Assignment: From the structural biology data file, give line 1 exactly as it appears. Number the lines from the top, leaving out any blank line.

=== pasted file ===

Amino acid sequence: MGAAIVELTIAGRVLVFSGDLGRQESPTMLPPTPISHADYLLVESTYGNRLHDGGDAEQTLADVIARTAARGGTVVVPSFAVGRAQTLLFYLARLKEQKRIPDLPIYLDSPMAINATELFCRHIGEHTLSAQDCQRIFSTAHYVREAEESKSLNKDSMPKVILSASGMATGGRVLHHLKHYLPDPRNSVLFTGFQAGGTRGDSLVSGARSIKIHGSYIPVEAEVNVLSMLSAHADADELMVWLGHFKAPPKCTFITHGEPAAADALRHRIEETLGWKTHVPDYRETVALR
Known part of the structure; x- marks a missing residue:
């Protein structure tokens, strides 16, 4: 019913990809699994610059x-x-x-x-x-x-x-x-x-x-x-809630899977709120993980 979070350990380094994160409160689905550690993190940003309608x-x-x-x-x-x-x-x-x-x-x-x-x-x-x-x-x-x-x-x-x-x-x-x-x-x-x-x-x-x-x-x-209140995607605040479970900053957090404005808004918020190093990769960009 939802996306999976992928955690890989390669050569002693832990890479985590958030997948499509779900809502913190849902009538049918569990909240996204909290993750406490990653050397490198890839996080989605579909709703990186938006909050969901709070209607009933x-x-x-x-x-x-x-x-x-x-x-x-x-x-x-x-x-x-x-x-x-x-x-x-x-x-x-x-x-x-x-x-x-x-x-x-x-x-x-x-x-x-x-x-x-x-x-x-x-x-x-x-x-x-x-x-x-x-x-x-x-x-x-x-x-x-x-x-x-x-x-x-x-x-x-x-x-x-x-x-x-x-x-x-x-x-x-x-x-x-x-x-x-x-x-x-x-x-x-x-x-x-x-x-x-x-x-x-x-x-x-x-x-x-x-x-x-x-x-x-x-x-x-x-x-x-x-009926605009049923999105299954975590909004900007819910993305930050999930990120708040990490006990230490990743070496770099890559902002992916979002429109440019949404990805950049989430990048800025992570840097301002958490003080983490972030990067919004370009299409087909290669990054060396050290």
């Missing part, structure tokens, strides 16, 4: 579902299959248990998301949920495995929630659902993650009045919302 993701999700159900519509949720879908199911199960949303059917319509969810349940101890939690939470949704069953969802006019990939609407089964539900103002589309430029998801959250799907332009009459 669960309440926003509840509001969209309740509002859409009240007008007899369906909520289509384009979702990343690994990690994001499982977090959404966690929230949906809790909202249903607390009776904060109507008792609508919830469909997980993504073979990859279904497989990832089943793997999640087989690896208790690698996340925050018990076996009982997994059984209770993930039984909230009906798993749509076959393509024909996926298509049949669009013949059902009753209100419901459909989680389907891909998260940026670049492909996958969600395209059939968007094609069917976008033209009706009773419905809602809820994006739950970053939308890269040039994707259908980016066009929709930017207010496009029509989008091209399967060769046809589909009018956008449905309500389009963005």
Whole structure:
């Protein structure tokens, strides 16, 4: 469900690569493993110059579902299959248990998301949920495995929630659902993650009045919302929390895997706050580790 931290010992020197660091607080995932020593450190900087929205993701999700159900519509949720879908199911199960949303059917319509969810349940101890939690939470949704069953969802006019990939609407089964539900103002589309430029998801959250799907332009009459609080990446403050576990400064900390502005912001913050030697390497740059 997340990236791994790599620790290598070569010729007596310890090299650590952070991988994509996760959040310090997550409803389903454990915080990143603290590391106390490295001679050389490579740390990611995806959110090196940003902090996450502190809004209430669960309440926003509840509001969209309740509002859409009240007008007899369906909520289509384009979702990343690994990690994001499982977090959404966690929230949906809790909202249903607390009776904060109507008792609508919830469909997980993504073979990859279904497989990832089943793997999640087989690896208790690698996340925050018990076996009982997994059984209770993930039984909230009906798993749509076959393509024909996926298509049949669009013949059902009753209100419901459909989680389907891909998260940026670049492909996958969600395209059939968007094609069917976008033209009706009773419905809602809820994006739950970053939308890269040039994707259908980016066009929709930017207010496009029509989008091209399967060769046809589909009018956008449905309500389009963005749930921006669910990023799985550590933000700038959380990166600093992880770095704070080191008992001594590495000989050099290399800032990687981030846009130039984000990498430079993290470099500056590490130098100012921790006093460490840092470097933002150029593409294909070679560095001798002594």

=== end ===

Amino acid sequence: MGAAIVELTIAGRVLVFSGDLGRQESPTMLPPTPISHADYLLVESTYGNRLHDGGDAEQTLADVIARTAARGGTVVVPSFAVGRAQTLLFYLARLKEQKRIPDLPIYLDSPMAINATELFCRHIGEHTLSAQDCQRIFSTAHYVREAEESKSLNKDSMPKVILSASGMATGGRVLHHLKHYLPDPRNSVLFTGFQAGGTRGDSLVSGARSIKIHGSYIPVEAEVNVLSMLSAHADADELMVWLGHFKAPPKCTFITHGEPAAADALRHRIEETLGWKTHVPDYRETVALR